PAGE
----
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A Movie A Day Returns!

Ahoy, squirts! Quint here. Back in 2008 I spearheaded a regular column on Ain’t It Cool called A Movie A Day. I wanted an excuse to expand my film knowledge, explore classics and try to root out some forgotten diamonds in the rough and AMAD was that excuse.

For years I gathered interesting-looking older movies on DVD with the express purpose of doing just that… anything with an interesting actor, director, writer or premise that was under $5 was pretty much an instabuy and as such I amassed quite a collection of films I hadn’t seen.

The rules of the self-imposed challenge were simple: I had to watch and review a new film every day and each film had to be connected to the one before it via a common factor, be it actor, writer, director, composer, producer or DP.

I was able to make it 7 months reviewing a film every day of the week, 215 titles (the list of links to those reviews can be found here, albeit with many broken image links). The films ranged from big, embarrassing holes in my film knowledge like Rio Bravo, Cool Hand Luke and The Sound of Music to more obscure gems like The Tin Star, The Matchmaker, The Pirates of Blood River (starring Christopher Lee), Libeled Lady and Kazan’s Panic in the Streets.

I ended the column in January 2009 and have revisited it briefly with a horror-themed runs of October reviews and even invited some industry people to contribute to a celebrity AMAD. Participants included Edgar Wright, Rian Johnson, Randy Cook, Aziz Ansari, Don Coscarelli and Patton Oswalt.

It was a marathon and it wore me out, but it was some of the best work I’ve ever contributed to the site. In a weird way it was like committing to working out every day. It’s a little stressful, a little intimidating, but once you hit a stride there’s nothing more fulfilling.

The reason I’m running through the history of that column, which some of you might not have even been around for back in the day, is because I’m officially announcing that A Movie A Day is returning.

The rules are the same, except I’m only posting AMAD Monday-Friday, not 7 days a week. That’s a little too much for what I’ve got on my plate at the moment. I took great pride in being consistent with AMAD, posting every single day without fail, and just knowing what my year’s looking like I don’t want to push myself and miss days. Plus, I’m turning an ancient 32 years old this year and Grandpa Quint needs his weekends for bingo and lawn darts.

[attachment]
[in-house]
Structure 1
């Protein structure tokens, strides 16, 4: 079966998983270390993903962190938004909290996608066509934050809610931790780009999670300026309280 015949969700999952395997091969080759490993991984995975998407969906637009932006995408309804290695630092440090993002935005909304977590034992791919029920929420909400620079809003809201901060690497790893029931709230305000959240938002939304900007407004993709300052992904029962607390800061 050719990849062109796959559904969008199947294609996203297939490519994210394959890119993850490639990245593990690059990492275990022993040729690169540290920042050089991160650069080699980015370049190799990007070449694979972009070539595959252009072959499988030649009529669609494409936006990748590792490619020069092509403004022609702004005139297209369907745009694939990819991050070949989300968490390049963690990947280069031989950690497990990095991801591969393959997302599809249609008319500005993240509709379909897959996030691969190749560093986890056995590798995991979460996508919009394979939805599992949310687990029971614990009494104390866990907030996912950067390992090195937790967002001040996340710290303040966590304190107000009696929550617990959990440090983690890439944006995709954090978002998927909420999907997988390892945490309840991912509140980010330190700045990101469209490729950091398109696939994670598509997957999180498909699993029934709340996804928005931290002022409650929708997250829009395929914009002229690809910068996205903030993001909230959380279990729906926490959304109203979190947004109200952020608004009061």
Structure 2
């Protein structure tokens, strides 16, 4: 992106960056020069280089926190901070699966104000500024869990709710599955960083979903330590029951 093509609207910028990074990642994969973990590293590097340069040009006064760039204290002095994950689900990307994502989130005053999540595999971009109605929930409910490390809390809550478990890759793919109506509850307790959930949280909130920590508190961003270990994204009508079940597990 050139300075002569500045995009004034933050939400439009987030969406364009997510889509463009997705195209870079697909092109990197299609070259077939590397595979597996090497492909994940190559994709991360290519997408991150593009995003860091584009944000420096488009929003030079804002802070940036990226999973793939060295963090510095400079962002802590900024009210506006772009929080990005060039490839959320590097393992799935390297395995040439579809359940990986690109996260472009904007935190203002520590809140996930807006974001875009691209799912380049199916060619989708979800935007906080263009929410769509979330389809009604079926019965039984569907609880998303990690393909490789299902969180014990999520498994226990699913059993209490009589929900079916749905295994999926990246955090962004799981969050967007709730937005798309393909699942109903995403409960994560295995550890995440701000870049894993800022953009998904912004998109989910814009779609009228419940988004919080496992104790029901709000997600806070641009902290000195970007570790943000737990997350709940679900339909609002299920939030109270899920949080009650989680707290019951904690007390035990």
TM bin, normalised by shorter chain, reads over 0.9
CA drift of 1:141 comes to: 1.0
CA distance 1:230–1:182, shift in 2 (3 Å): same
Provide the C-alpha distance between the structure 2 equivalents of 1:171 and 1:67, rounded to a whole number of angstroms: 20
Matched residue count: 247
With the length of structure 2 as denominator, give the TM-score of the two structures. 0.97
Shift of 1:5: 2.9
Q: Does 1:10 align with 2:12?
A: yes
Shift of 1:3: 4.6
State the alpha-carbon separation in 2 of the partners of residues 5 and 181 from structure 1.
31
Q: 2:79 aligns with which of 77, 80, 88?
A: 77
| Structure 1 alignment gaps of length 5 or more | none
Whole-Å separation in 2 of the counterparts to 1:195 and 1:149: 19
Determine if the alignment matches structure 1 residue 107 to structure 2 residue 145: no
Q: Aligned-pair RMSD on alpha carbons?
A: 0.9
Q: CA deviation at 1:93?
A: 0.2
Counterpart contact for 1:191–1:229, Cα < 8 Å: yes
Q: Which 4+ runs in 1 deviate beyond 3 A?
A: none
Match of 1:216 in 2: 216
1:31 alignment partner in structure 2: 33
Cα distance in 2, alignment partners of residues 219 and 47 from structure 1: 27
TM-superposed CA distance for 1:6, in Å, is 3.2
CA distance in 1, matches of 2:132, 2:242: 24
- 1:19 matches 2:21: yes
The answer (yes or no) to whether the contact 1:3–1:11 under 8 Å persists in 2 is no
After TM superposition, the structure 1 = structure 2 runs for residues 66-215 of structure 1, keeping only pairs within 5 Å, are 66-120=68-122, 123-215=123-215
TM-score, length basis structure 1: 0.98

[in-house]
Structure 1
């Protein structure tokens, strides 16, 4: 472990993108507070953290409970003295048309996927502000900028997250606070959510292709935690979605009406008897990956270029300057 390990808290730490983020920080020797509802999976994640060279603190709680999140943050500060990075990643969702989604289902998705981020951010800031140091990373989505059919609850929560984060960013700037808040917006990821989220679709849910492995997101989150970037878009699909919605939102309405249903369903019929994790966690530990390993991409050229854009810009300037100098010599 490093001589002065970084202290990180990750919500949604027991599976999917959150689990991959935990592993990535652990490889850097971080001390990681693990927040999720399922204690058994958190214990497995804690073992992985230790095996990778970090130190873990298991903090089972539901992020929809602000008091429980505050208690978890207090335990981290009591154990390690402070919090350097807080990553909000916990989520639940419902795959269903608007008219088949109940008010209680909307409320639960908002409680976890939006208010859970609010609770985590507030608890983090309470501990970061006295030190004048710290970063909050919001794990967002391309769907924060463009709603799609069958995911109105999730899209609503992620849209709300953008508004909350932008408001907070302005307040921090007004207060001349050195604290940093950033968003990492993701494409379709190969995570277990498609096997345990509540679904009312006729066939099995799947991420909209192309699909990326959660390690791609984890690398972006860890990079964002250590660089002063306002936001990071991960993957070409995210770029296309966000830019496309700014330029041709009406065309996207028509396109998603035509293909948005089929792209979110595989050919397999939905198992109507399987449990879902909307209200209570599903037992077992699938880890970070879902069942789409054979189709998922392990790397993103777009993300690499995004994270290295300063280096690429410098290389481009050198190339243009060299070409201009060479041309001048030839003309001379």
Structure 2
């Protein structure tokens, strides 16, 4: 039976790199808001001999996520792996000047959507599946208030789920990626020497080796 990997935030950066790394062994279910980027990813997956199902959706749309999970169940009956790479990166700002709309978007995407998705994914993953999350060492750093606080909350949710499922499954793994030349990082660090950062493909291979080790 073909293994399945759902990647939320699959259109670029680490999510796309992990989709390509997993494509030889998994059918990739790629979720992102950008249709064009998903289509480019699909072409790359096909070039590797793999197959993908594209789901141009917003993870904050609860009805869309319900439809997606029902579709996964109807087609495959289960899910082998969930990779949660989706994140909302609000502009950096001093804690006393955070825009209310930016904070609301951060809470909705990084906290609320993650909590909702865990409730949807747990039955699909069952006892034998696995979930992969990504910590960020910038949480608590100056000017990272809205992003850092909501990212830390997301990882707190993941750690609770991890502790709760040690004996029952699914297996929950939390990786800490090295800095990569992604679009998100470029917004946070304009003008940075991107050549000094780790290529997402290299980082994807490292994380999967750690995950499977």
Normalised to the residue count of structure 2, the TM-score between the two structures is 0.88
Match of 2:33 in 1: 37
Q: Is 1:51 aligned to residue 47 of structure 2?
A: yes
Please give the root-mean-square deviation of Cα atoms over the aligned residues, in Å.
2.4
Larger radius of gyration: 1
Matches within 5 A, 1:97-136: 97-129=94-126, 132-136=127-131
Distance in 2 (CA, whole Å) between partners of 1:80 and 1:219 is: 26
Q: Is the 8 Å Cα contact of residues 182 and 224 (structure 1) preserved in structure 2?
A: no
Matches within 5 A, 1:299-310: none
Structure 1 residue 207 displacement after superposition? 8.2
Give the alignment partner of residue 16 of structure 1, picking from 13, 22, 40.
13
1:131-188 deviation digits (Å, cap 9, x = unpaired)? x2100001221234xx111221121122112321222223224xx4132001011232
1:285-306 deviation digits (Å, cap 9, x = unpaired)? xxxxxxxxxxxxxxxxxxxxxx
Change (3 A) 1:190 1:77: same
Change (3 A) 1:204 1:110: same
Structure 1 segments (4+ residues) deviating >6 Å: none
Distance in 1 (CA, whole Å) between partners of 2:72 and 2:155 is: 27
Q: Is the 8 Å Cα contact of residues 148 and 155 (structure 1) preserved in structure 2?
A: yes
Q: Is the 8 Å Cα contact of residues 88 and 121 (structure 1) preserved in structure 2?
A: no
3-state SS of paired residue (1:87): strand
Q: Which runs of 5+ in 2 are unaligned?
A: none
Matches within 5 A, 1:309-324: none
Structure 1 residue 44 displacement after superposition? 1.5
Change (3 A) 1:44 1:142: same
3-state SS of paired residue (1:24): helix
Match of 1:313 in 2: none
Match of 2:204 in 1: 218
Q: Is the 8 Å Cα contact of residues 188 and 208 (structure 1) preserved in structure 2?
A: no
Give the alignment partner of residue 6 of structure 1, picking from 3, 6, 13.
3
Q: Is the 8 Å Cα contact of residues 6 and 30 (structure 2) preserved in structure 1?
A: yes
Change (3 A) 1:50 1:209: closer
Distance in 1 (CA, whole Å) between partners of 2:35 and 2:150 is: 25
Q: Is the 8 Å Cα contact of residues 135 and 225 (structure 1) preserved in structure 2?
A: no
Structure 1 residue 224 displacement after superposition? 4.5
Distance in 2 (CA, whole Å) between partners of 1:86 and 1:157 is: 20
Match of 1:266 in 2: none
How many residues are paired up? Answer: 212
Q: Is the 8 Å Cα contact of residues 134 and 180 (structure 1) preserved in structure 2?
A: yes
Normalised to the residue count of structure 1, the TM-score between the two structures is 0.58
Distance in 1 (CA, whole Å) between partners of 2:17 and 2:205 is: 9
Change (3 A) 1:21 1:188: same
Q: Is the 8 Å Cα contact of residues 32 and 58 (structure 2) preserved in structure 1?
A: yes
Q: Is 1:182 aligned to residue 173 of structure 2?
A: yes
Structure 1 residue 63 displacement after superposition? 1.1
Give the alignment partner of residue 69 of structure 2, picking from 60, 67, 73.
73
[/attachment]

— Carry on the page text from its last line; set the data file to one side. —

But the work week will be filled with vintage movie reviews as I wade through more unseen films. I’ve planned out the first 6 months or so and we’ve got noir, screwball comedies, lots and lots of dramas, action flicks, pirate flicks, westerns, horror films and just about everything left that I haven’t mentioned. Expect to see Alec Guinness, Robert Shaw, Spencer Tracey, Myrna Loy and William Powell, Hal Ashby, Don Siegel, Otto Preminger, Michael Caine and Alfred Hitchcock covered.

One of my favorite things about the column was the community of talkback regulars who would join along. They treated AMAD kind of like a book club and it became a very pure, non-cynical forum to talk about films. I hope that kind of community gathers around this new batch of AMAD reviews and in that tradition I’m listing the first week’s worth of titles below, even though the column itself won’t start until next Monday.












Unfortunately, The Ship That Died of Shame was released in a now very Out of Print Anchor Bay box set of old British war flicks, but there’s a suspicious listing on Amazon for a copy. Be warned that could be a Burn on Demand type deal.

To add on to the overall experience, I’ve also decided to precede each feature with a different Buster Keaton short until I’ve run through both of Kino’s Buster Keaton Shorts Collections. I’ve seen a few and loved them, so why not do it up right and start off each review with a little wrap-up of some of Buster’s amazing short work?

Here’s the first set we’re going to run through, on fancy Blu-Ray Disc!



So, I hope you guys follow along as I explore some older cinema with A Movie A Day. See you on Monday with The Flight of the Phoenix!

-Eric Vespe
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